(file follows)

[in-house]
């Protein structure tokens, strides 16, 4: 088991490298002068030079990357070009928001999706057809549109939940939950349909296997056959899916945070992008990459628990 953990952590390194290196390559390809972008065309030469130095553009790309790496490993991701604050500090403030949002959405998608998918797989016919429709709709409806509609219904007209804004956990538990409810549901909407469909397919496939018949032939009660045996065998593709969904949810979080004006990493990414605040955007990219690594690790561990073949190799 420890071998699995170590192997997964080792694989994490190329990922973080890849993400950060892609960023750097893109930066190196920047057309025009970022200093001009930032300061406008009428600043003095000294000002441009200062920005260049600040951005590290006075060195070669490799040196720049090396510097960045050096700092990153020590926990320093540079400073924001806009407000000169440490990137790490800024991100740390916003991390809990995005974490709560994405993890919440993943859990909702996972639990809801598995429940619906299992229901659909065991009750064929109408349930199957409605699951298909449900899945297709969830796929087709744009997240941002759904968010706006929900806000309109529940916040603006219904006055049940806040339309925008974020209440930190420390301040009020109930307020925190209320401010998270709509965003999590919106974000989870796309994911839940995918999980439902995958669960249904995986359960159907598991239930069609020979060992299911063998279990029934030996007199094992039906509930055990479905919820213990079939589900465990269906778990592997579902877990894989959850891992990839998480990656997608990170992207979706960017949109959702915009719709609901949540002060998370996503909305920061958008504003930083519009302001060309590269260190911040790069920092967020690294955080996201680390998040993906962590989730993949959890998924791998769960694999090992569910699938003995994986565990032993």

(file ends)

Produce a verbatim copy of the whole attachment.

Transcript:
[in-house]
């Protein structure tokens, strides 16, 4: 088991490298002068030079990357070009928001999706057809549109939940939950349909296997056959899916945070992008990459628990 953990952590390194290196390559390809972008065309030469130095553009790309790496490993991701604050500090403030949002959405998608998918797989016919429709709709409806509609219904007209804004956990538990409810549901909407469909397919496939018949032939009660045996065998593709969904949810979080004006990493990414605040955007990219690594690790561990073949190799 420890071998699995170590192997997964080792694989994490190329990922973080890849993400950060892609960023750097893109930066190196920047057309025009970022200093001009930032300061406008009428600043003095000294000002441009200062920005260049600040951005590290006075060195070669490799040196720049090396510097960045050096700092990153020590926990320093540079400073924001806009407000000169440490990137790490800024991100740390916003991390809990995005974490709560994405993890919440993943859990909702996972639990809801598995429940619906299992229901659909065991009750064929109408349930199957409605699951298909449900899945297709969830796929087709744009997240941002759904968010706006929900806000309109529940916040603006219904006055049940806040339309925008974020209440930190420390301040009020109930307020925190209320401010998270709509965003999590919106974000989870796309994911839940995918999980439902995958669960249904995986359960159907598991239930069609020979060992299911063998279990029934030996007199094992039906509930055990479905919820213990079939589900465990269906778990592997579902877990894989959850891992990839998480990656997608990170992207979706960017949109959702915009719709609901949540002060998370996503909305920061958008504003930083519009302001060309590269260190911040790069920092967020690294955080996201680390998040993906962590989730993949959890998924791998769960694999090992569910699938003995994986565990032993």